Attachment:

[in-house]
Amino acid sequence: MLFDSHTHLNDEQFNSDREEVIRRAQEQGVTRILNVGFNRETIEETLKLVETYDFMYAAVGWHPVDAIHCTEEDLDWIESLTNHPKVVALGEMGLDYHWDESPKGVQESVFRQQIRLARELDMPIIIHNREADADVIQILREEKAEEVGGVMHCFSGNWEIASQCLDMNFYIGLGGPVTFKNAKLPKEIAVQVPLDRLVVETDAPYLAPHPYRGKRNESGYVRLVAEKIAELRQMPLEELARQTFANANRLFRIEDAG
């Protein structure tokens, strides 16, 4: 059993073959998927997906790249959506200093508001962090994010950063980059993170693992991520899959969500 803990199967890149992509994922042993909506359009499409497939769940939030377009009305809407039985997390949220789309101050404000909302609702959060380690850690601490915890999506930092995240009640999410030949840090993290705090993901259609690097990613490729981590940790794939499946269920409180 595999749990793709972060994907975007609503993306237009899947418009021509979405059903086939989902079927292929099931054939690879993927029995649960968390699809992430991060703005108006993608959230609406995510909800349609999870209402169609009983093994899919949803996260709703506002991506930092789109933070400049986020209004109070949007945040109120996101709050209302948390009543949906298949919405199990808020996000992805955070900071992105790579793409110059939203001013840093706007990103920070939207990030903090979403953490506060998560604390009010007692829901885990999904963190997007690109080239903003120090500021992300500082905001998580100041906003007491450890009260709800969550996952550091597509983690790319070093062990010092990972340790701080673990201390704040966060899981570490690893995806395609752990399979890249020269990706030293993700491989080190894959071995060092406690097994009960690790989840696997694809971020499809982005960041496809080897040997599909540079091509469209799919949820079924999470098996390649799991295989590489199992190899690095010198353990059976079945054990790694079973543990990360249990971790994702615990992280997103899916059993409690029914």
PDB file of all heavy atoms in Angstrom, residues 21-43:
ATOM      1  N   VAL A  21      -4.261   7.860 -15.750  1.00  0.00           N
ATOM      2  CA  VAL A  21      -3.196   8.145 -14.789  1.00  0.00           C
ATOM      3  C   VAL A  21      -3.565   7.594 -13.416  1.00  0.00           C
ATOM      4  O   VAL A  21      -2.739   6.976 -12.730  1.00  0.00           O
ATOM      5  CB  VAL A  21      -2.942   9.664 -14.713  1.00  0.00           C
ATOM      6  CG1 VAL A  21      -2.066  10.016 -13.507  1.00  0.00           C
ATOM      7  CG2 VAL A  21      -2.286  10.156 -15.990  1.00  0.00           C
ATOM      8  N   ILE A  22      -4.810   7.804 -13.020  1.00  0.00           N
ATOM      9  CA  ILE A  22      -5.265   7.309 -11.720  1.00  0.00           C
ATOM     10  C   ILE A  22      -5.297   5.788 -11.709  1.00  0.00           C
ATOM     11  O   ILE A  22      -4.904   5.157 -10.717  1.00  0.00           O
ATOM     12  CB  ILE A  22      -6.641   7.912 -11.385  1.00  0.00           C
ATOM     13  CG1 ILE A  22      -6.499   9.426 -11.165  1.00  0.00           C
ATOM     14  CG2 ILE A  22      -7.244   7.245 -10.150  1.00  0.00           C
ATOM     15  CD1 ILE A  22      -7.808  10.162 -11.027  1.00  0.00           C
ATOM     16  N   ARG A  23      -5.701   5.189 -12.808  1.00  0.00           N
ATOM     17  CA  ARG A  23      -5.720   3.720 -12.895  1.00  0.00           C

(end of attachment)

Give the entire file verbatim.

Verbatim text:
[in-house]
Amino acid sequence: MLFDSHTHLNDEQFNSDREEVIRRAQEQGVTRILNVGFNRETIEETLKLVETYDFMYAAVGWHPVDAIHCTEEDLDWIESLTNHPKVVALGEMGLDYHWDESPKGVQESVFRQQIRLARELDMPIIIHNREADADVIQILREEKAEEVGGVMHCFSGNWEIASQCLDMNFYIGLGGPVTFKNAKLPKEIAVQVPLDRLVVETDAPYLAPHPYRGKRNESGYVRLVAEKIAELRQMPLEELARQTFANANRLFRIEDAG
């Protein structure tokens, strides 16, 4: 059993073959998927997906790249959506200093508001962090994010950063980059993170693992991520899959969500 803990199967890149992509994922042993909506359009499409497939769940939030377009009305809407039985997390949220789309101050404000909302609702959060380690850690601490915890999506930092995240009640999410030949840090993290705090993901259609690097990613490729981590940790794939499946269920409180 595999749990793709972060994907975007609503993306237009899947418009021509979405059903086939989902079927292929099931054939690879993927029995649960968390699809992430991060703005108006993608959230609406995510909800349609999870209402169609009983093994899919949803996260709703506002991506930092789109933070400049986020209004109070949007945040109120996101709050209302948390009543949906298949919405199990808020996000992805955070900071992105790579793409110059939203001013840093706007990103920070939207990030903090979403953490506060998560604390009010007692829901885990999904963190997007690109080239903003120090500021992300500082905001998580100041906003007491450890009260709800969550996952550091597509983690790319070093062990010092990972340790701080673990201390704040966060899981570490690893995806395609752990399979890249020269990706030293993700491989080190894959071995060092406690097994009960690790989840696997694809971020499809982005960041496809080897040997599909540079091509469209799919949820079924999470098996390649799991295989590489199992190899690095010198353990059976079945054990790694079973543990990360249990971790994702615990992280997103899916059993409690029914």
PDB file of all heavy atoms in Angstrom, residues 21-43:
ATOM      1  N   VAL A  21      -4.261   7.860 -15.750  1.00  0.00           N
ATOM      2  CA  VAL A  21      -3.196   8.145 -14.789  1.00  0.00           C
ATOM      3  C   VAL A  21      -3.565   7.594 -13.416  1.00  0.00           C
ATOM      4  O   VAL A  21      -2.739   6.976 -12.730  1.00  0.00           O
ATOM      5  CB  VAL A  21      -2.942   9.664 -14.713  1.00  0.00           C
ATOM      6  CG1 VAL A  21      -2.066  10.016 -13.507  1.00  0.00           C
ATOM      7  CG2 VAL A  21      -2.286  10.156 -15.990  1.00  0.00           C
ATOM      8  N   ILE A  22      -4.810   7.804 -13.020  1.00  0.00           N
ATOM      9  CA  ILE A  22      -5.265   7.309 -11.720  1.00  0.00           C
ATOM     10  C   ILE A  22      -5.297   5.788 -11.709  1.00  0.00           C
ATOM     11  O   ILE A  22      -4.904   5.157 -10.717  1.00  0.00           O
ATOM     12  CB  ILE A  22      -6.641   7.912 -11.385  1.00  0.00           C
ATOM     13  CG1 ILE A  22      -6.499   9.426 -11.165  1.00  0.00           C
ATOM     14  CG2 ILE A  22      -7.244   7.245 -10.150  1.00  0.00           C
ATOM     15  CD1 ILE A  22      -7.808  10.162 -11.027  1.00  0.00           C
ATOM     16  N   ARG A  23      -5.701   5.189 -12.808  1.00  0.00           N
ATOM     17  CA  ARG A  23      -5.720   3.720 -12.895  1.00  0.00           C